RSA has become the second motor insurer in a week to post a hefty rise in first-half profits and shareholder dividend, despite taking a hit from the revised discount rate used to calculate personal injury compensation payments.

RSA group booked a £42m net charge for the first six months relating to the revision of the [Ogden] discount rate in March from 2.5% to -0.75%. Following intense lobbying by the insurance industry, the result of a government review of the discount rate is expected this week.

Claimant solicitors insist insurers are well equipped to shoulder the additional liabilities, despite dire warnings about the impact of the change on bottom-lines.

The discount rate change helped cut RSA’s UK underwriting profit from £76m in the same period last year to £17m. Excluding the impact of the rate change, profit would have been £56m.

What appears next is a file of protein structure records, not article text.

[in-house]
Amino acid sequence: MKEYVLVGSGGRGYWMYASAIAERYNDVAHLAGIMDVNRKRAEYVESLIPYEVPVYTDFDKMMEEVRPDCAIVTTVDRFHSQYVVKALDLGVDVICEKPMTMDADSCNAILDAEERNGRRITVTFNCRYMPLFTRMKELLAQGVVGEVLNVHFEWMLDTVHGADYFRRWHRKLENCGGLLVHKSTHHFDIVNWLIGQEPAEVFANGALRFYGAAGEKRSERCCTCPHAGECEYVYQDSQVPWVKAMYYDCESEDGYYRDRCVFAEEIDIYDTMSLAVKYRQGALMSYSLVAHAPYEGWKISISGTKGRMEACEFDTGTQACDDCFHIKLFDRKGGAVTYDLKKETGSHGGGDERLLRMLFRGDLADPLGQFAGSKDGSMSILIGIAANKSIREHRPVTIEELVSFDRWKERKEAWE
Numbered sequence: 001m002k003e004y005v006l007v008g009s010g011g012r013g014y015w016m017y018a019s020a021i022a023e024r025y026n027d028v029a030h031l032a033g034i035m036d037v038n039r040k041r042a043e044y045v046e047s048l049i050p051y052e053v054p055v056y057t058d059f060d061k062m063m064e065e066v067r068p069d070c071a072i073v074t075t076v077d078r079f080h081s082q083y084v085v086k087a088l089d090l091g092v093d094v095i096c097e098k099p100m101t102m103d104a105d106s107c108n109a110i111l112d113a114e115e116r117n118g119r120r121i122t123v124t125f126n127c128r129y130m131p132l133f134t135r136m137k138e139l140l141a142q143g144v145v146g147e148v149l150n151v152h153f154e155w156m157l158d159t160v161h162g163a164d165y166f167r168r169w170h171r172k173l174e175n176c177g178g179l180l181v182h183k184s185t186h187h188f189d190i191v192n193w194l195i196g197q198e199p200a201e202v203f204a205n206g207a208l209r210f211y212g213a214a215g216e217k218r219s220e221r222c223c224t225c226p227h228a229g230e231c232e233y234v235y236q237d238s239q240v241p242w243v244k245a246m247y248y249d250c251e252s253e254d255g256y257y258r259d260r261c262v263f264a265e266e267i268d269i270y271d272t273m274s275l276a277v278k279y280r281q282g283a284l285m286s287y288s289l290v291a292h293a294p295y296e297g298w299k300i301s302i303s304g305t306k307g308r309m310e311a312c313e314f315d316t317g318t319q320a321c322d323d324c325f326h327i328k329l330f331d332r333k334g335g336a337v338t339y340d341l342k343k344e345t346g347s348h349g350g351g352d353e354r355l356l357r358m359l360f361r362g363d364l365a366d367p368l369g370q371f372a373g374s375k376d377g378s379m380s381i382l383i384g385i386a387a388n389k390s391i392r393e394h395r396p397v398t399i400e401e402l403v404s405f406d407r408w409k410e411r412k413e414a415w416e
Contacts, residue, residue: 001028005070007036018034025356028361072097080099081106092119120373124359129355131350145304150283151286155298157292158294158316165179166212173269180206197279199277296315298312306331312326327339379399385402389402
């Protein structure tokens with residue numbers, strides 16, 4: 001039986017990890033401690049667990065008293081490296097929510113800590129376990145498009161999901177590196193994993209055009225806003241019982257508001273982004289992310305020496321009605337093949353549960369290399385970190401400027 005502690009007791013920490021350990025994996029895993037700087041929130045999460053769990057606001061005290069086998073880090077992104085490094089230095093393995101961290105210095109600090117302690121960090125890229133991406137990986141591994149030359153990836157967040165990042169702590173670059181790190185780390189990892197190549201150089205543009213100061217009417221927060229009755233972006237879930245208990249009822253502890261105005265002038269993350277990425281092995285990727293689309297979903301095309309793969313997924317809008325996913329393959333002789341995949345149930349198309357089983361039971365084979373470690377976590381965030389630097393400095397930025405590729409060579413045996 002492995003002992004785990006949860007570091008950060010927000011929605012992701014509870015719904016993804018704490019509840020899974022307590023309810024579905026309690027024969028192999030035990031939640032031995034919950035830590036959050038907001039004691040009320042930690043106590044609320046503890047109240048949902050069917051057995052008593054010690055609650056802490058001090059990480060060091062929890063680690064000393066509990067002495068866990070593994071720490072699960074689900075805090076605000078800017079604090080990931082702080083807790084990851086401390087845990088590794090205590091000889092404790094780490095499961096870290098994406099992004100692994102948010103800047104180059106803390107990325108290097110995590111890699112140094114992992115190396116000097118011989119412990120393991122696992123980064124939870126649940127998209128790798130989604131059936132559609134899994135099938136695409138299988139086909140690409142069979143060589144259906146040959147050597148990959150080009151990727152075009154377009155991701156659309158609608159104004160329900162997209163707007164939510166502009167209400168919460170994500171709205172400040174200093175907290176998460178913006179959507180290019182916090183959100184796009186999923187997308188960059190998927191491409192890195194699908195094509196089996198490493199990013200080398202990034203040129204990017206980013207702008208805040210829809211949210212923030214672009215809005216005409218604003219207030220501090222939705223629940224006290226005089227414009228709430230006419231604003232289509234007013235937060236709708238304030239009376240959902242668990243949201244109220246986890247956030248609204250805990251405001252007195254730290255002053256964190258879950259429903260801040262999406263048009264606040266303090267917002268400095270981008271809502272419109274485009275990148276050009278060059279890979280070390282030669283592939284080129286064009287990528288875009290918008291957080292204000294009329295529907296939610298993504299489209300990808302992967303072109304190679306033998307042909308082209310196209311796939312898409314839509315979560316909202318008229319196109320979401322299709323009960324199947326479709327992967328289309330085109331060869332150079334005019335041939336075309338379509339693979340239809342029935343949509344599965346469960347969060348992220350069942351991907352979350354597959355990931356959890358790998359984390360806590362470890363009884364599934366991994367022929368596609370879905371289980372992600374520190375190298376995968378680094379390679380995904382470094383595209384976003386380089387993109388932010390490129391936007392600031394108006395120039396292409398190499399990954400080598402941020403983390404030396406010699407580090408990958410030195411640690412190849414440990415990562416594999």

But RSA group chief executive Stephen Hester commented: ’The strength of our regional line-up showed well in the period. Our UK business had the toughest time with Ogden costs…but, excluding Ogden, results were in line with our plan even here.’

Overall, RSA posted a 15% rise in operating profits to £360m, beating City forecasts, and raised its interim dividend by a third to 6.6p.

Yesterday, Direct Line posted sharply higher profits after the impact of the discount rate change turned out to be less severe than it had feared.